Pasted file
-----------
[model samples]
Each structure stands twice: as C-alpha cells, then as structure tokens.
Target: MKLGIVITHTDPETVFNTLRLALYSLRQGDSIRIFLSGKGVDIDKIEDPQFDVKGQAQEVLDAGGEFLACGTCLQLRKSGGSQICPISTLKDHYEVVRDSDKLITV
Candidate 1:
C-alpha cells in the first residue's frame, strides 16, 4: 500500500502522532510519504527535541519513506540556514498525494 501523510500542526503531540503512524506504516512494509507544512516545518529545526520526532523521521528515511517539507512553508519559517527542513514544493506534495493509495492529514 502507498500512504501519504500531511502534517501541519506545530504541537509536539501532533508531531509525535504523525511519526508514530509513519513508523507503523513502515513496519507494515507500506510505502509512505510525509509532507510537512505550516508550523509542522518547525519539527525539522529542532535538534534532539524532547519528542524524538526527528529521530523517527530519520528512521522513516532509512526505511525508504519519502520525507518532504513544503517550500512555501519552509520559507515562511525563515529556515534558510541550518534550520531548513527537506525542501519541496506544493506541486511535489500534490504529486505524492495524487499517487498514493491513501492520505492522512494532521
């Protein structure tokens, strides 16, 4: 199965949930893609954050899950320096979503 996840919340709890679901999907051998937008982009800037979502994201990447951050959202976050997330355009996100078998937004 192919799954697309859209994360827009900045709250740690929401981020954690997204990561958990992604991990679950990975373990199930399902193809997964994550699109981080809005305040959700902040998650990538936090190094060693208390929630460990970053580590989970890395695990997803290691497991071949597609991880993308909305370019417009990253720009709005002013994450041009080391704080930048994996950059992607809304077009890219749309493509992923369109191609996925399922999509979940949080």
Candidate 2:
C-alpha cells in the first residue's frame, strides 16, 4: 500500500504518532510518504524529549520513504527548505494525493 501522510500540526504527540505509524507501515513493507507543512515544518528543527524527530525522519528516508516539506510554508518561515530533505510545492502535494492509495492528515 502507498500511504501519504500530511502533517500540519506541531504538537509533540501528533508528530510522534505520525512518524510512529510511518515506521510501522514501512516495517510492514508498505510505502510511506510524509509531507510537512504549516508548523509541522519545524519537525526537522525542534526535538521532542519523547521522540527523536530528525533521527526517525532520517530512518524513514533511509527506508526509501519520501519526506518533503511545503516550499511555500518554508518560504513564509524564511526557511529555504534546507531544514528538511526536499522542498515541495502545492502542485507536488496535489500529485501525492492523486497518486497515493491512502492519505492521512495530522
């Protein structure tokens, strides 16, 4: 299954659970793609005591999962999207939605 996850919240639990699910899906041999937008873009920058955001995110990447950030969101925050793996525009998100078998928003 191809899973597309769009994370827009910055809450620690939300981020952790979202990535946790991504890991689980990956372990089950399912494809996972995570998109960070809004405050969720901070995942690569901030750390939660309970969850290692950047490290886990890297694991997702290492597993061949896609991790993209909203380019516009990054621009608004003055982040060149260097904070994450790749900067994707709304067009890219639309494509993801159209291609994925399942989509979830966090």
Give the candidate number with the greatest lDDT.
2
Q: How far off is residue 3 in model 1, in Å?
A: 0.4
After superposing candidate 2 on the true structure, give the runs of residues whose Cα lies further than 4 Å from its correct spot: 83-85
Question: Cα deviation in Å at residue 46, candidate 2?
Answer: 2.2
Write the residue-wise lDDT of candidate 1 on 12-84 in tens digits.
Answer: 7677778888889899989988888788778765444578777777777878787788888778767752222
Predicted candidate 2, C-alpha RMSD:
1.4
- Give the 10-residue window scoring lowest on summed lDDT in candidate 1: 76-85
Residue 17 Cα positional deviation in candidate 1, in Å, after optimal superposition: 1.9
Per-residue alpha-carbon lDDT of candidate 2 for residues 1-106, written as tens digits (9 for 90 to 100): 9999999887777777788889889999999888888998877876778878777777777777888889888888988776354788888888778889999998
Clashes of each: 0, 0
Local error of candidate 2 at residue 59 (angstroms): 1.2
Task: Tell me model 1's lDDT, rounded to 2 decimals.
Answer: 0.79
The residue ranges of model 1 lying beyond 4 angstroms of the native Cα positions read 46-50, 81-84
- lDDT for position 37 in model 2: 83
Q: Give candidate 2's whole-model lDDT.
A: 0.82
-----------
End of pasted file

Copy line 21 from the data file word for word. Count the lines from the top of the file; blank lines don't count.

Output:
- Give the 10-residue window scoring lowest on summed lDDT in candidate 1: 76-85